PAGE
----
Here are additional factors that might initiate the merger/affiliation discussion:
- Exposure to government reimbursement (Medicaid and Medicare) in your nursing facility. Significant reliance on such revenue may be cause to consider a merger or affiliation.
- The retirement of a long-standing CEO can be the impetus for affiliation discussion.
- The lack of resources to reinvest, reposition or expand your organization to meet changing market dynamics is increasingly a critical factor.
- Significant staffing and technological challenges may be cause for the affiliation conversation.
One thing to consider is that while M&As remain on the rise, the lack of owners/shareholders and cultural complexity of not-for-profits—boards of directors, long-standing missions, resident resistance and strong affinities—makes M&As challenging in this sector.
The affiliation spectrum
Facing questions like these, more not-for-profits are entering into partnership agreements with like-minded organizations to develop innovative service models and grow at a more rapid pace than they would be able to otherwise. In fact, a recent article in Senior Housing News states that 568 not-for-profit senior housing communities have changed owners or sponsors since 2010.
With a wide range of choices, you decide where you fit in.
Collaborations or partnerships offer organizations opportunities to build relationships that enhance their abilities to serve their communities while maintaining their individual identities.
Alliances are pacts or coalitions between two or more parties. An alliance offers the potential for the sharing of common business functions such as back office operations, human resources and purchasing.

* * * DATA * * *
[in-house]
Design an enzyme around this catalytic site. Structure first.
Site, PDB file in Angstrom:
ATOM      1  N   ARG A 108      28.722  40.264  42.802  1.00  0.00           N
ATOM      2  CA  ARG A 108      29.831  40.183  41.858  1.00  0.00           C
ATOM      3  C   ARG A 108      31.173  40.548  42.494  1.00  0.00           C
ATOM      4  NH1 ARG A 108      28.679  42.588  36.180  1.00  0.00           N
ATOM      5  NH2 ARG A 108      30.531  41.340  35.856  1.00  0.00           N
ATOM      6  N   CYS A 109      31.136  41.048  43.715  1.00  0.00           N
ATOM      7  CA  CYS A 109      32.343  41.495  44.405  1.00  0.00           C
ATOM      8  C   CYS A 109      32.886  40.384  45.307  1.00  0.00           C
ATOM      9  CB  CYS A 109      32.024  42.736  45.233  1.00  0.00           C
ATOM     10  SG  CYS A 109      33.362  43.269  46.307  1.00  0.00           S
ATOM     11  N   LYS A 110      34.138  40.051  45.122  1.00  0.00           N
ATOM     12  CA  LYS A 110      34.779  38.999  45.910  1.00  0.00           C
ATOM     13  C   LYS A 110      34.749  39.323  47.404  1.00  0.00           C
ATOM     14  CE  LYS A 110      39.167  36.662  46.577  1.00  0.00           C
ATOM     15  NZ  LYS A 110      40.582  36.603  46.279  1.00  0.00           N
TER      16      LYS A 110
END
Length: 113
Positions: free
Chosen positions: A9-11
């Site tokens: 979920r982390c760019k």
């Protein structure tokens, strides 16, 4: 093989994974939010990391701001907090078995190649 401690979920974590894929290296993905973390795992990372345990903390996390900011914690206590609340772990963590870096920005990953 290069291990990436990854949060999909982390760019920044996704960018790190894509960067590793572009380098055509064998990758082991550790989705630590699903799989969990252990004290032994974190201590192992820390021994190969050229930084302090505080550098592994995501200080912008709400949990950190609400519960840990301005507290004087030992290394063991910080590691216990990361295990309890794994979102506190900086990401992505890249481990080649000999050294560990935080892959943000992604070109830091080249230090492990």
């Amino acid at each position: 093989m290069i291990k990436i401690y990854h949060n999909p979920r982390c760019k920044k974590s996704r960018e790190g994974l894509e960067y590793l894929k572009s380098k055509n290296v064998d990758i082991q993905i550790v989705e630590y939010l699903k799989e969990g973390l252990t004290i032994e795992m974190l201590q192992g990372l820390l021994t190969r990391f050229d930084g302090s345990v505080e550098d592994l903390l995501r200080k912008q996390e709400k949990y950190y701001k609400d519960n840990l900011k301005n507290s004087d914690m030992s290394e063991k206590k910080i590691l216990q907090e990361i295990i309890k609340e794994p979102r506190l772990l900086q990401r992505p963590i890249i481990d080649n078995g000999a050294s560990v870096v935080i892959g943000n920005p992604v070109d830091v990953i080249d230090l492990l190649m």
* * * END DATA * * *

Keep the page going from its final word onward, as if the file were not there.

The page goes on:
Joint partnerships in the senior living field have occurred primarily when a group of Life Plan Communities contributes resources to create an insurance captive or when two senior living organizations launch a new business line such as home care.
Affiliations. The single-site provider trend among Life Plan Communities, assisted living and/or independent living communities, and nursing homes is to join larger systems. However, two smaller organizations may join together in a “strength in numbers” strategy.
Consultants in the senior living field can bring experience and an objective voice to help you examine an often complicated and personal deliberation of whether to join forces or do it alone.
Acquisitions of scale
What the acute care industry experienced for decades is now occurring in the senior living field. Here are three examples of recent acquisitions:
- The combination of HumanGood (Pleasanton, CA) and Presby’s Inspired Life (Lafayette Hill, PA) will create the sixth largest not-for-profit senior living provider in the country.
- In early 2019, Acts Retirement-Life Communities (West Point, PA), one of the nation’s largest not-for-profit senior living organizations, entered into an agreement to affiliate with Integrace and assume four of its senior living communities in Maryland.
- Lifespace Communities (Des Moines, IA) and Senior Quality Lifestyles Corp. (Addison, TX) recently joined forces. Lifespace now has 15 communities in eight states serving more than 5,100 residents and employing more than 3,500 people.
Whether to innovate, expand market share, gain access to capital or build economies of scale, some form of affiliation may be in your future. At the 2019 Leaders’ Board C-Suite Webinar on strategic planning hosted by Love & Company on September 5, I’ll dive deeper into financial considerations for strategic growth and give a brief overview of how the affiliation process works. See the image below and register today to learn more about senior living financial positioning and strategic planning.
Read the rest of our Strategic Planning Blog Series:
- Part One, “The Case for Strategic Planning” by Ryan Frederick of SmartLiving360
- Part Two, “Preparing to Plan” by Rob Love
- Part Four, “Two Approaches to Strategic Planning” by Ryan Frederick of SmartLiving360